Whose responsibility is it to provide for the earthquake victims?
It is not surprising to see Gen Musharraf to use the war on terror to demand money from the international community. Relying on the FATWAT card, he solicited or received generous debt cancellation, development grants, military aid and even investment. After the earthquake, his calls for international assistance were along two lines: first, that it is the world’s duty to come to the aid of the earthquake victims, and second, that such an act will help Pakistan in the war against terror.
By any measure, it is clear that Pakistan has received much less than the estimated US$5.2 billion it needs for reconstruction and rehabilitation. It is also clear that unless aid efforts are intensified, many more lives will be lost due to the harsh Himalayan winter. Purely on humanitarian grounds, ordinary people and governments around the world must do more to help. But it is also necessary, especially in the absence in Pakistan of a government that is accountable to its own citizens, for the international community to ensure that Pakistan spends money — its own or that it receives from international donors — on what ought to be spending on.
Moreover, it is important to examine what Pakistani military establishment’s own contributions are. Postponing the purchase of its long cherished F-16 planes was the correct move, even if it appeared to come reluctantly. But Pakistan signed a US$1 bn deal to purchase Swedish airborne early warning systems after the quake. Despite drawing criticism for going ahead with the deal even as reconstruction costs stared Pakistan in the face, Musharraf remains equivocal about delaying this purchase. Apart from these two big ticket arms purchases, commentators like Ayaz Amir have zeroed in on the Pakistani army’s decision to build a new headquarters complex in Islamabad, which they contend is a luxury which Pakistan can ill afford.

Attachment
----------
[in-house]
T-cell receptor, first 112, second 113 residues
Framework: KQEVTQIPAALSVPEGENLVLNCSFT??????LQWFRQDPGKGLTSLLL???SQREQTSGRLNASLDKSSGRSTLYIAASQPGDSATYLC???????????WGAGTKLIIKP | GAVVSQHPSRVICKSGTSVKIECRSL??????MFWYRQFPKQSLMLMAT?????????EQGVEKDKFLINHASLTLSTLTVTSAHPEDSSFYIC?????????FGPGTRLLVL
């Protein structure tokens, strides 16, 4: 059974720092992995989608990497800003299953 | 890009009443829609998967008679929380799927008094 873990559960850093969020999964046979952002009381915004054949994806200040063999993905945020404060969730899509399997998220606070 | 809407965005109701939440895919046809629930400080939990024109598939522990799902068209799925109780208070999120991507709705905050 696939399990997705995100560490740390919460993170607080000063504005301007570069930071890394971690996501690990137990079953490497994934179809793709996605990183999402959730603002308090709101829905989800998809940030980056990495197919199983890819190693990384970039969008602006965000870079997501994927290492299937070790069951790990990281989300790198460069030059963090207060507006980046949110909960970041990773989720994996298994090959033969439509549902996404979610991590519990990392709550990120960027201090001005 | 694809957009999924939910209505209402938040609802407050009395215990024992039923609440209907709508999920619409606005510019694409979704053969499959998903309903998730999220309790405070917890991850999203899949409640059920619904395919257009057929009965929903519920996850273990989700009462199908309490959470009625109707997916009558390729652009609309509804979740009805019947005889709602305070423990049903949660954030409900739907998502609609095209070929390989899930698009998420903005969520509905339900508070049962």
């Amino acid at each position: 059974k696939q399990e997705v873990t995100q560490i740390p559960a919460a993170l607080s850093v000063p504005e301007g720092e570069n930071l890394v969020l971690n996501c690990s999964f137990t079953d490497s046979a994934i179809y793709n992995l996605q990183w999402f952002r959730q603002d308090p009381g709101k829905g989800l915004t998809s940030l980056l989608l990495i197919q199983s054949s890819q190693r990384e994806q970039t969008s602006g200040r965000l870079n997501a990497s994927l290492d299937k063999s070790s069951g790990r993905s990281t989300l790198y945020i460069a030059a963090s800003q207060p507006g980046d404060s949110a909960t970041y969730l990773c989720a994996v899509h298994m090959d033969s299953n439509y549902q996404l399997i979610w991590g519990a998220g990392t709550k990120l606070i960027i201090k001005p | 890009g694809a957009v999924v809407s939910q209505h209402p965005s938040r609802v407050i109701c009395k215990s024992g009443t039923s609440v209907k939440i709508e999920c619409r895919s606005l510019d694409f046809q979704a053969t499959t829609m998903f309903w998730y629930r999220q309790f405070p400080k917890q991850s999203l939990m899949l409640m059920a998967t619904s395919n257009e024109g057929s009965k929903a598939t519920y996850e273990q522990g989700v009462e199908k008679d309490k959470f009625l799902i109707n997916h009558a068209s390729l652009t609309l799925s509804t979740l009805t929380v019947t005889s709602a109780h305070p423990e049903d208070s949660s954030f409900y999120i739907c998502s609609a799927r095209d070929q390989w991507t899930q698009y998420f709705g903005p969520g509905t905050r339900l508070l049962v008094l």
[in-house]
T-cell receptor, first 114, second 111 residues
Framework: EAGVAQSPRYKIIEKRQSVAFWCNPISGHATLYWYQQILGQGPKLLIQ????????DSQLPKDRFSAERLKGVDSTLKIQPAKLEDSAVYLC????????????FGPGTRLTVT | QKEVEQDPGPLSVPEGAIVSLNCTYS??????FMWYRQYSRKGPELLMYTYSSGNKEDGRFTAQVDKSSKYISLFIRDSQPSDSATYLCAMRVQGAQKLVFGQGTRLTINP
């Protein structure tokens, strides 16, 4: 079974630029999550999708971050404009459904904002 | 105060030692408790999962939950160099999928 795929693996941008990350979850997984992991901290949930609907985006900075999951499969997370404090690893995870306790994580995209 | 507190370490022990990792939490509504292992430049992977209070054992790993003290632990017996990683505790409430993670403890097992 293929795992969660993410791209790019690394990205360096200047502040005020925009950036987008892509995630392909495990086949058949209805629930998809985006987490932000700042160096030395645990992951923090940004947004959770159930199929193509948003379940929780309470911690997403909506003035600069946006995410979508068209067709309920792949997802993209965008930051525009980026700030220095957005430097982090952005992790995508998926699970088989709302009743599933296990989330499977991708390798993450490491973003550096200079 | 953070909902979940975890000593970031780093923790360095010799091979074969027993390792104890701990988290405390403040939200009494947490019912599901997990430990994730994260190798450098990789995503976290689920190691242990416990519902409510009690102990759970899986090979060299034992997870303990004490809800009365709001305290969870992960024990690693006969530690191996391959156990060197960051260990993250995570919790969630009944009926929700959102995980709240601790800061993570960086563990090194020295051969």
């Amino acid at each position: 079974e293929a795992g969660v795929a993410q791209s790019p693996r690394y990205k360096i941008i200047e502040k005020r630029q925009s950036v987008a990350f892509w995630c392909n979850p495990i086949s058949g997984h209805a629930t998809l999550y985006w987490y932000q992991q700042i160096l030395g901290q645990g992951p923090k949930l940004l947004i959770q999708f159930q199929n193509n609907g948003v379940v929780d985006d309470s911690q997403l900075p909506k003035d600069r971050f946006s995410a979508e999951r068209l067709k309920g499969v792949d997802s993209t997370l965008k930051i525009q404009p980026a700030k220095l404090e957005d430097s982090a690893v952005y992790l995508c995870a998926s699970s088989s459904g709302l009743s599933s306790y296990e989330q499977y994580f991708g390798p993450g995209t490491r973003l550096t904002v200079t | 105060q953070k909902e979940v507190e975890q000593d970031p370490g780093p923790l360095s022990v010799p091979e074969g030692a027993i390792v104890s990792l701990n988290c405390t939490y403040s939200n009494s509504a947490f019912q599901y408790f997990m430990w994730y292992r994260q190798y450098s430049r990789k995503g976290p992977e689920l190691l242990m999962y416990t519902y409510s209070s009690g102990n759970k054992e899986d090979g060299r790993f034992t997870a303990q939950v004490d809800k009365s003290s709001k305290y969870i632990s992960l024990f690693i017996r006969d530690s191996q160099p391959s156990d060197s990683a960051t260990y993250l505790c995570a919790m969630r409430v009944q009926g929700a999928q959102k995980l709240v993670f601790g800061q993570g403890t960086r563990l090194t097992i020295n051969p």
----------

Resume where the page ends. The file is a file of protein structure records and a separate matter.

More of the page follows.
But it also appears that the Pakistani military is passing on the costs of recovery operations to the federal government. So even as he blames the rest of the world for its parsimonious attitude towards his country’s quake victims, Musharraf must first explain why his own military cannot make some financial sacrifices first. He also must explain why the management of earthquake relief funds has been placed under an opaque military audit, instead of under a relatively more transparent civilian auditor-general. What this means is that while the Pakistani military will pass on the tab to the Earthquake Relief and Reconstruction Authority (a body that is headed by a top military commander), international donors and the Pakistani people will remain in the dark as to how these funds were utilised. Soon after the quake, The Acorn had warned that democratic reconciliation must precede reconstruction and rehabilitation in Pakistan. Unfortunately, that did not happen. As international donors arrive in Islamabad in a bid to raise more funds for reconstruction and rehabilitation, the least Gen Musharraf and his regime should do is to go to extraordinary lengths to assure them that the aid money will be well spent and as importantly, well accounted for.
Update: Iqbal Haider makes very much the same points in a Dawn editorial, while Air Chief Marshal (retd) Jamal Khan of the Pakistan Air Force refutes, arguing ‘it is also illogical to advocate that Pakistan cannot simultaneously deal with the difficult challenges of the earthquake and meet, at the same time, the minimum essential requirements of national security’.